Feb 292008

Some freeper made mention of the William F. Buckley writings being online at Hillsdale College’s web site. Here, as a public service, is a link:

Buckley Online

And here is a link to an archive of his Firing Line program at the Hoover Institution.

I used to read Buckley’s column occasionally, was a one-time subscriber to National Review (which I usually would read cover to cover) and am sure I saw a few snippets of him on television. His Firing Line program ran back in the days when I used to be more of a television watcher, so I’m not sure why I never saw it. Or maybe I did see a snippet of it once or twice.

Anyhow, after reading so many eulogies of William F. Buckley, I thought it would be intesting to go back and look at some of his articles from the 1960s. For example, I’m curious as to what he had to say about civil rights back in those days. I have my own memories of those days, but they are probably very much colored by the intervening years. This would be a way to go back in time. I haven’t gotten too far on that project yet, but I’ll make use of the above link.

The Hoover Institution archive has VHS tapes for sale, but also has some video clips online.

Unfortunately the video clips are in Real Media format, and the site says you have to install the latest version of RealOne to view them. Not even William F. Buckley is worth contaminating my computer with such an intrusive piece of software, but my son told me about Real Alternative. I installed that, and it plays the video clips just fine.

More misfortune, though. Only the first five minutes of selected shows are available. From what I’ve heard, I wouldn’t expect the first five minutes to be the most interesting. Still, it was interesting to see a young Bill Buckley from the 60s, and a young John F. Kerry and a young David Broder.

I’ve now seen more video of the young John Kerry than the guy who ran for president. Don’t like him. People like that will cure one of left-liberalism quite easily (though it was other left-liberals, not he, who cured me of a bout of McGovernism in the early 70s).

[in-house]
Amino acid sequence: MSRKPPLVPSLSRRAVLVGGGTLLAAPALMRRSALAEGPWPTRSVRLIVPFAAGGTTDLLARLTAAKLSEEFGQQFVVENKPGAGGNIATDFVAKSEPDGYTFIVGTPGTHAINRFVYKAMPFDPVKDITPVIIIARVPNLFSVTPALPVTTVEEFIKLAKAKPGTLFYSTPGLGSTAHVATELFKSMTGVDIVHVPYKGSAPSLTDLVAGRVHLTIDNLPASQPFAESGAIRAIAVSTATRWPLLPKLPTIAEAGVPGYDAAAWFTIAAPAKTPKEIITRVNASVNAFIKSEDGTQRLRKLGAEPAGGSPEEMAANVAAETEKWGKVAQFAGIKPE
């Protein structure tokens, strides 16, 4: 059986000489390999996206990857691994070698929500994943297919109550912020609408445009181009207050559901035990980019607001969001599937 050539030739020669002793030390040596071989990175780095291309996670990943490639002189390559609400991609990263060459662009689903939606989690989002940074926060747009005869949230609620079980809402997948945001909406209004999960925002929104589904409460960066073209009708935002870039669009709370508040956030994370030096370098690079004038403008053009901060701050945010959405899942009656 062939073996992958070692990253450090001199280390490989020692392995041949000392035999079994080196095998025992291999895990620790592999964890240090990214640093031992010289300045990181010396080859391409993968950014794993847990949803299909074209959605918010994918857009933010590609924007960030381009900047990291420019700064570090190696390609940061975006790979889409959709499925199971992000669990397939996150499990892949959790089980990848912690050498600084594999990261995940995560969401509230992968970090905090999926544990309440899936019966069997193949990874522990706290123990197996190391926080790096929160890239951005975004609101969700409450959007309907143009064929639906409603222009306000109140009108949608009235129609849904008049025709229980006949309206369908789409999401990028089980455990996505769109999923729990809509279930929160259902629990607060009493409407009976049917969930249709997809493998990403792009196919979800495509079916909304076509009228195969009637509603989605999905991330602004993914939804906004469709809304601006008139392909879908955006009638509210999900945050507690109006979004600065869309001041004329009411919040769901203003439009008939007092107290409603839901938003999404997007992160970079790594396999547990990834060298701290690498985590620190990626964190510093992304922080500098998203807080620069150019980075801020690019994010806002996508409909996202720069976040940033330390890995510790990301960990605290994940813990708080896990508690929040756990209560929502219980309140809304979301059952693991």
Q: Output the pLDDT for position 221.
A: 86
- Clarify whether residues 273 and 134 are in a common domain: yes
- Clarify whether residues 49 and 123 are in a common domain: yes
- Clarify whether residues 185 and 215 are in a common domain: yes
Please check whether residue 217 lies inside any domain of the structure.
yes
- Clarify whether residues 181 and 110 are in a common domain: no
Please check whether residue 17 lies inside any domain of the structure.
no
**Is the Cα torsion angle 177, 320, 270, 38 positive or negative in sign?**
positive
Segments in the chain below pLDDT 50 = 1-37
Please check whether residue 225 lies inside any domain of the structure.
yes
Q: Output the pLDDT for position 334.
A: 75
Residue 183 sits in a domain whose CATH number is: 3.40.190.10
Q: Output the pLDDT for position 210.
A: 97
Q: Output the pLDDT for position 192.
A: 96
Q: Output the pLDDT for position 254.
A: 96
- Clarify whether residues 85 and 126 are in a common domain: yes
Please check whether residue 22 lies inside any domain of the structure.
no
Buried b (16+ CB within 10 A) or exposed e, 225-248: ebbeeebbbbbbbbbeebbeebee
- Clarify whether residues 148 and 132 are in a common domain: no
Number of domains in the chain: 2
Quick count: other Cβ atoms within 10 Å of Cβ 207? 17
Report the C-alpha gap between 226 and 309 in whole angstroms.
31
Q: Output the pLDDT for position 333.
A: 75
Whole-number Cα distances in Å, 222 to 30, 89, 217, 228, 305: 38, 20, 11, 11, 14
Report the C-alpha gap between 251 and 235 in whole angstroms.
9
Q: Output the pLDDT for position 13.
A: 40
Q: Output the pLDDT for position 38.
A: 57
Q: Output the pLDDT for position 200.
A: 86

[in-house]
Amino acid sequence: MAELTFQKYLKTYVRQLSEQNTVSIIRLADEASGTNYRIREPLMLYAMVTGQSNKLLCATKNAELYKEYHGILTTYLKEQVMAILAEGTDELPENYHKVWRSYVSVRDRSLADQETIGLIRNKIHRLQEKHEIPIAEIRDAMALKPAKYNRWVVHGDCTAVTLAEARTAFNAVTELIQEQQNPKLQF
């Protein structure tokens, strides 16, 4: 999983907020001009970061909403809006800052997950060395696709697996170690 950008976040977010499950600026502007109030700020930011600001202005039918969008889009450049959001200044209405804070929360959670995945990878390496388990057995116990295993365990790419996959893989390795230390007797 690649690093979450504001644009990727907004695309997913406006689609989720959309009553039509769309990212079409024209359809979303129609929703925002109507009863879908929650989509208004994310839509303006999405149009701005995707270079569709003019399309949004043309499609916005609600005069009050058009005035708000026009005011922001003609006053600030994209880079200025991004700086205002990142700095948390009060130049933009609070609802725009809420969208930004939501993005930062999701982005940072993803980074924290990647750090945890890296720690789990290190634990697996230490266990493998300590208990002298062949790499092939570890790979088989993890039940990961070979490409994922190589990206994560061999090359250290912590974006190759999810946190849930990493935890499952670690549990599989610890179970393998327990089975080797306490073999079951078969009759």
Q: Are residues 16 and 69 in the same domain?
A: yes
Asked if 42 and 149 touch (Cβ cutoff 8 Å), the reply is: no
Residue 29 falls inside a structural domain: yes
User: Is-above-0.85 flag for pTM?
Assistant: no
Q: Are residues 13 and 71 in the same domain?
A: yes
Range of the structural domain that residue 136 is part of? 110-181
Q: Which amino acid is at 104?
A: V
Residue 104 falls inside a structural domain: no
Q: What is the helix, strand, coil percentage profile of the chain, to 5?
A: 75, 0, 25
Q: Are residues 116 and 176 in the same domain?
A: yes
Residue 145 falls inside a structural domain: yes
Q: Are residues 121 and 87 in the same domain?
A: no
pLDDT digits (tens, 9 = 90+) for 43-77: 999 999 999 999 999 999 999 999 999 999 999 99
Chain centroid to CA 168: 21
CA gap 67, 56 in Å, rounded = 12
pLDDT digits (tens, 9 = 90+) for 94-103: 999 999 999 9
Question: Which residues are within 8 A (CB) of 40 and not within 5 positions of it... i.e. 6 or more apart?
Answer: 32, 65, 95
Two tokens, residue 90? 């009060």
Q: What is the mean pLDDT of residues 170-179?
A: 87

Feb 292008

Speak loudly and carry a big club to bash our neighbors with. That’s the foreign policy being proposed by Hillary Clinton and Barak Obama.

And I’m glad to see the Wall Street Journal explain it in terms like The Reticulator was using last September.

Why do they hate us? Because we act like a global, unilateral bully, when we do what Clinton and Obama are recommending.

Feb 292008

Ann Coulter explains how William F. Buckley was the original Ann Coulter. What she actually says is that he was the original “enfant terrible”, but it’s not hard to get her point.

She explains the reception Buckley got with his first book:

Buckley’s first book, “God and Man at Yale,” was met with the usual thoughtful critiques of anyone who challenges the liberal establishment. Frank Ashburn wrote in the Saturday Review: “The book is one which has the glow and appeal of a fiery cross on a hillside at night. There will undoubtedly be robed figures who gather to it, but the hoods will not be academic. They will cover the face.”

And she reminds us of Buckley’s style:

In a famous exchange with Gore Vidal in 1968, Vidal said to Buckley: “As far as I am concerned, the only crypto Nazi I can think of is yourself.”

Buckley replied: “Now listen, you queer. Stop calling me a crypto Nazi, or I’ll sock you in your goddamn face and you’ll stay plastered.”

But will Ann Coulter someday get the same eulogies that Buckley is now getting?

Feb 282008

Comcast is accused of paying people to stand in line in order to pack the FCC hearings on its traffic management practices. (Network World URL here.)

I don’t wish Comcast well in the issue before the FCC, especially given that they do not tell the truth. They claim to be managing traffic, but what they’re really doing is interrupting certain types of traffic.

I’ve had my own experience with Comcast not telling the truth, claiming that they were blocking my outgoing mail because it had been determined that my computer was spending spam, possibly because of a virus infection, and that I needed to install a fix. But they were speaking with forked tongue. They simply decided to block port 25. There are legitimate grounds for doing that, but a company that takes my money for a service ought to tell the truth about what service it’s providing. (I figured out my own way to work around the problem, but it was especially nasty of Comcast to do this to me on a Saturday morning when I had other activities planned, and when none of their people were available to answer questions about what was going on.)

But back to the issue of packing the hearings with people paid to stand in line.